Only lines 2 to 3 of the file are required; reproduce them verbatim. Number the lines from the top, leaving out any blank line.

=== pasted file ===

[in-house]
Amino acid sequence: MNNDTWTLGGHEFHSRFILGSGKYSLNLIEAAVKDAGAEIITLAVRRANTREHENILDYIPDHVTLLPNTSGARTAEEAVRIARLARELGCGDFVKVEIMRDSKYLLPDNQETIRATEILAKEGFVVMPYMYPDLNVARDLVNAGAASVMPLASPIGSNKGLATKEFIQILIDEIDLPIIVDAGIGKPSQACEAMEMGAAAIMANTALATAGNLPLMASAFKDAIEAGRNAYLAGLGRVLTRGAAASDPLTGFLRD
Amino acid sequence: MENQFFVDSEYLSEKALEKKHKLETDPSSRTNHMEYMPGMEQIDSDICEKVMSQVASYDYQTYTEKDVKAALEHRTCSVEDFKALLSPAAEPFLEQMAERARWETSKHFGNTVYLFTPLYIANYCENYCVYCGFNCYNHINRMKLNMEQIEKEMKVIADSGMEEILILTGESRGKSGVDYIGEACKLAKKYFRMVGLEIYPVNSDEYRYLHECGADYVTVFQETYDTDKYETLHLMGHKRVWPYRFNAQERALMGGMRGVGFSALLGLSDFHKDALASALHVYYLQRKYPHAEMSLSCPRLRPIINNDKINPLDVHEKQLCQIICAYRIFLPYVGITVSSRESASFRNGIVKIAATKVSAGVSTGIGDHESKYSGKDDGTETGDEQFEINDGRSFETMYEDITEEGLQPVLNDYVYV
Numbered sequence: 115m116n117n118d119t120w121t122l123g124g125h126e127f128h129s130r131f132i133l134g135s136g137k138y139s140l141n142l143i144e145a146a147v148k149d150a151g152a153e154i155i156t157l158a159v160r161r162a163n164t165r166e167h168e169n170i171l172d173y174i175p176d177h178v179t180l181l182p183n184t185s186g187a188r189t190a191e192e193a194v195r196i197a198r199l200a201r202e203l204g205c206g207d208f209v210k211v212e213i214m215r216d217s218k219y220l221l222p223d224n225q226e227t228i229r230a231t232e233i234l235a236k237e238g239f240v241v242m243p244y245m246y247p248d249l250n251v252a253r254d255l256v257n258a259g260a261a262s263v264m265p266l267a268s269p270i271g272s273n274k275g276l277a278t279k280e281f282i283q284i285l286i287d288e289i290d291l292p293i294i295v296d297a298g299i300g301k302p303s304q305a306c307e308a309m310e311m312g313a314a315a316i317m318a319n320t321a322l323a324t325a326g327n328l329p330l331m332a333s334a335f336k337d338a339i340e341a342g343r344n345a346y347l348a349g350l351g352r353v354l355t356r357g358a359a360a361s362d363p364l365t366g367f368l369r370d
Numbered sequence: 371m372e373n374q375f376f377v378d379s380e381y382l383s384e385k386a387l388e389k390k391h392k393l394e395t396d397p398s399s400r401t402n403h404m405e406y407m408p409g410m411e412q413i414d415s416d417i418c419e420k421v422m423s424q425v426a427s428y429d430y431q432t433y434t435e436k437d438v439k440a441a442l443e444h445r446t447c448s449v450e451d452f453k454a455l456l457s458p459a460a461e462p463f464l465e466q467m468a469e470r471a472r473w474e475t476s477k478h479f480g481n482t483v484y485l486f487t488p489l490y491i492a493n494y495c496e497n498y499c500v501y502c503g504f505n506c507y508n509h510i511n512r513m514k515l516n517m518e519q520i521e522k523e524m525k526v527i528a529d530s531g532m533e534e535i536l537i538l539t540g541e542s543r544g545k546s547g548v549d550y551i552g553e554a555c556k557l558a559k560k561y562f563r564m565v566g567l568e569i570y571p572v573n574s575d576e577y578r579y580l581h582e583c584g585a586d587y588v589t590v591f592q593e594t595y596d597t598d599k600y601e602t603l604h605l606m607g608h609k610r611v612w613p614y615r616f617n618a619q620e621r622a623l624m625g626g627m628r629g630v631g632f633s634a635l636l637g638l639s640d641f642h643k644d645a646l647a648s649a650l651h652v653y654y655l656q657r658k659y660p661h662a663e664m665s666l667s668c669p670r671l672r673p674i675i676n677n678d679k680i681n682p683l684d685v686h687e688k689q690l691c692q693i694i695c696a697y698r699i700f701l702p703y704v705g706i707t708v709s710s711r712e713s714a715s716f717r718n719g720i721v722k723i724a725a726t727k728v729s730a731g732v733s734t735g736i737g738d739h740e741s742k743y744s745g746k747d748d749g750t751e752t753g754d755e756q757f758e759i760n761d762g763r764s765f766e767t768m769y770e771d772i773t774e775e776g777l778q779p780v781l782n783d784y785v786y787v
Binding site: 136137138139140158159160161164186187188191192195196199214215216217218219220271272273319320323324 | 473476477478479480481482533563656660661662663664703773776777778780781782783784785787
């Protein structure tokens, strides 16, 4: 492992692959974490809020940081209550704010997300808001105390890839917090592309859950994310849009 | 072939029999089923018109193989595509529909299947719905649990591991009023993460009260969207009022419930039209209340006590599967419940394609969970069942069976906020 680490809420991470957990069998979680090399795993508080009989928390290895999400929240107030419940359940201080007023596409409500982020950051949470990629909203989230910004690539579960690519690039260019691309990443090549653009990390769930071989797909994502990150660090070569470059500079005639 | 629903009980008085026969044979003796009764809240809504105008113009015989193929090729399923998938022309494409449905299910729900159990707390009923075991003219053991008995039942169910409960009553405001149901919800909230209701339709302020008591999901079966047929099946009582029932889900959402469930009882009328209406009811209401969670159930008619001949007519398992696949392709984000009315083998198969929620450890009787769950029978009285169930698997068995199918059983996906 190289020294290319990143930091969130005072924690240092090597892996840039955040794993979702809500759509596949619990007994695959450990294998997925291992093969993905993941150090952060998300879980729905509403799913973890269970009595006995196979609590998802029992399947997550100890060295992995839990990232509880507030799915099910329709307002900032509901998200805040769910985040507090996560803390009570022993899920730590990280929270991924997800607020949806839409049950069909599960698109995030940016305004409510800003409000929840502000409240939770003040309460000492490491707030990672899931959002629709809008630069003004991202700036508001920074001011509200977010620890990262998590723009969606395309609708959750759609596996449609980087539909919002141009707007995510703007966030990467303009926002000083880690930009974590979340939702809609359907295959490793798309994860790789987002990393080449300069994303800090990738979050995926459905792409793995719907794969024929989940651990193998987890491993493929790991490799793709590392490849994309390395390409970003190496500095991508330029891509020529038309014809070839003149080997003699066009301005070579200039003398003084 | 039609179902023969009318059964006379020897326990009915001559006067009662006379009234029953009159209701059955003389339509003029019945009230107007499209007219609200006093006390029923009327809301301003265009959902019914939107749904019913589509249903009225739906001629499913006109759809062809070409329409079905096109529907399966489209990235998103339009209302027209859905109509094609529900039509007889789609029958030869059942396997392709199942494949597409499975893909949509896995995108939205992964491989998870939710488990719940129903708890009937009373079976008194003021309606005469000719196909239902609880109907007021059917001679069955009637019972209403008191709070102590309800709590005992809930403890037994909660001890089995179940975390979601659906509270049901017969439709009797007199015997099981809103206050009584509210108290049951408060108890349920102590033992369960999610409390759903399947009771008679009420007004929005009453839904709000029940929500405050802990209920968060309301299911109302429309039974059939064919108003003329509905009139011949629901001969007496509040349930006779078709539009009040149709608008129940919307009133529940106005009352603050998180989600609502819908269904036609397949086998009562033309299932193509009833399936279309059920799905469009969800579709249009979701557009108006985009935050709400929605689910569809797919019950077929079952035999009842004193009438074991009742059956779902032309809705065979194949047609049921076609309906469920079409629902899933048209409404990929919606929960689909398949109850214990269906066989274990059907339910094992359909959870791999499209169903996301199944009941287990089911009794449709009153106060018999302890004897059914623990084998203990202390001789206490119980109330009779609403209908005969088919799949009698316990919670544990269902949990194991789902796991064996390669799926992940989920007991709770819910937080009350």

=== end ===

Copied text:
Amino acid sequence: MNNDTWTLGGHEFHSRFILGSGKYSLNLIEAAVKDAGAEIITLAVRRANTREHENILDYIPDHVTLLPNTSGARTAEEAVRIARLARELGCGDFVKVEIMRDSKYLLPDNQETIRATEILAKEGFVVMPYMYPDLNVARDLVNAGAASVMPLASPIGSNKGLATKEFIQILIDEIDLPIIVDAGIGKPSQACEAMEMGAAAIMANTALATAGNLPLMASAFKDAIEAGRNAYLAGLGRVLTRGAAASDPLTGFLRD
Amino acid sequence: MENQFFVDSEYLSEKALEKKHKLETDPSSRTNHMEYMPGMEQIDSDICEKVMSQVASYDYQTYTEKDVKAALEHRTCSVEDFKALLSPAAEPFLEQMAERARWETSKHFGNTVYLFTPLYIANYCENYCVYCGFNCYNHINRMKLNMEQIEKEMKVIADSGMEEILILTGESRGKSGVDYIGEACKLAKKYFRMVGLEIYPVNSDEYRYLHECGADYVTVFQETYDTDKYETLHLMGHKRVWPYRFNAQERALMGGMRGVGFSALLGLSDFHKDALASALHVYYLQRKYPHAEMSLSCPRLRPIINNDKINPLDVHEKQLCQIICAYRIFLPYVGITVSSRESASFRNGIVKIAATKVSAGVSTGIGDHESKYSGKDDGTETGDEQFEINDGRSFETMYEDITEEGLQPVLNDYVYV